Commentator organisations include manufacturers of the products with which the technology is being compared, the National Health Service (NHS) Quality Improvement Scotland and research groups working in the area. They can comment on the evidence and other documents but are not asked to submit evidence themselves.

NICE then commissions an independent academic centre to review published evidence on the technology and prepare an 'assessment report'. Consultees and commentators are invited to comment on the report. The assessment report and the comments on it are then drawn together in a document called the evaluation report.

An independent Appraisal Committee then considers the evaluation report. It holds a meeting where it hears direct, spoken evidence from nominated clinical experts, patients and carers. The Committee uses all the evidence to make its first recommendations, in a document called the 'appraisal consultation document' (ACD). NICE sends all the consultees and commentators a copy of this document and posts it on the NICE Web site. Further comments are invited from everyone taking part.

When the Committee meets again it considers any comments submitted on the ACD; then it prepares its final recommendations in a document called the 'final appraisal determination' (FAD). This is submitted to NICE for approval.

Consultees have a chance to appeal against the final recommendations in the FAD. If there are no appeals, the final recommendations become the basis of the guidance that NICE issues.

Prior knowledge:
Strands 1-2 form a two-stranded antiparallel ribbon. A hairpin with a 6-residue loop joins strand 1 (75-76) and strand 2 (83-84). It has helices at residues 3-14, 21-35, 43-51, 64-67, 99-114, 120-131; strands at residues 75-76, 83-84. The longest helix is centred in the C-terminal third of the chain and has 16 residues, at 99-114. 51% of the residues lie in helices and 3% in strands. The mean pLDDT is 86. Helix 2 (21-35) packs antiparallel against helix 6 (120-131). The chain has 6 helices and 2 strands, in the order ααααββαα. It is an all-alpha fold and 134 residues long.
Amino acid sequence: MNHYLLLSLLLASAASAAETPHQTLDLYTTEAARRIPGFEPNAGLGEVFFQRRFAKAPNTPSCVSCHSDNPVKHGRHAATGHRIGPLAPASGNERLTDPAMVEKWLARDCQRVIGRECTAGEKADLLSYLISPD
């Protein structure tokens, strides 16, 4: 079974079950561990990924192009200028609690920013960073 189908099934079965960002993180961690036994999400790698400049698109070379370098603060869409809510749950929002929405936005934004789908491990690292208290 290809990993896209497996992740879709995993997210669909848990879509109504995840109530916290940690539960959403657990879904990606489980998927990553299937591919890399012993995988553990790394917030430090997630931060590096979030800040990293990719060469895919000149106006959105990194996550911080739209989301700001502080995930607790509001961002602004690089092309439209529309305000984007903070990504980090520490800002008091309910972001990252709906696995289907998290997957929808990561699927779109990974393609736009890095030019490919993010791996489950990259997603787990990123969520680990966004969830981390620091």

Who Is on the Appraisal Committee?

NICE technology appraisal recommendations are prepared by an independent committee. This includes health professionals working in the NHS and people who are familiar with the issues affecting patients and carers. Although the Appraisal Committee seeks the views of organisations representing health professionals, patients, carers, manufacturers and government, its advice is independent of any vested interests.

Rating Scheme for the Strength of the Recommendations

Not applicable

Cost Analysis

Summary of Appraisal Committee's Key Conclusions on the Evidence for Cost-effectiveness

Availability and Nature of Evidence

The Committee was aware that the evidence presented by the manufacturer in its original submission related to the overall population (that is, patients who had received 1 or more cytotoxic chemotherapy regimens). The Committee concluded that it could make a recommendation for patients who had received 1 cytotoxic chemotherapy regimen based on the evidence for the overall population. However, for patients who had received 2 or more cytotoxic chemotherapy regimens, it concluded that it could not make a recommendation without data on the baseline expected survival and a robustly modelled incremental cost-effectiveness ratio (ICER) for these patients.

The Committee acknowledged the additional evidence provided by the manufacturer for the subgroup of patients who had received 2 or more previous courses of cytotoxic chemotherapy. It was aware that this subgroup was prespecified in AFFIRM's study protocol and represented around 27% of the total trial population. The Committee was aware that patients in AFFIRM had not received previous treatment with abiraterone.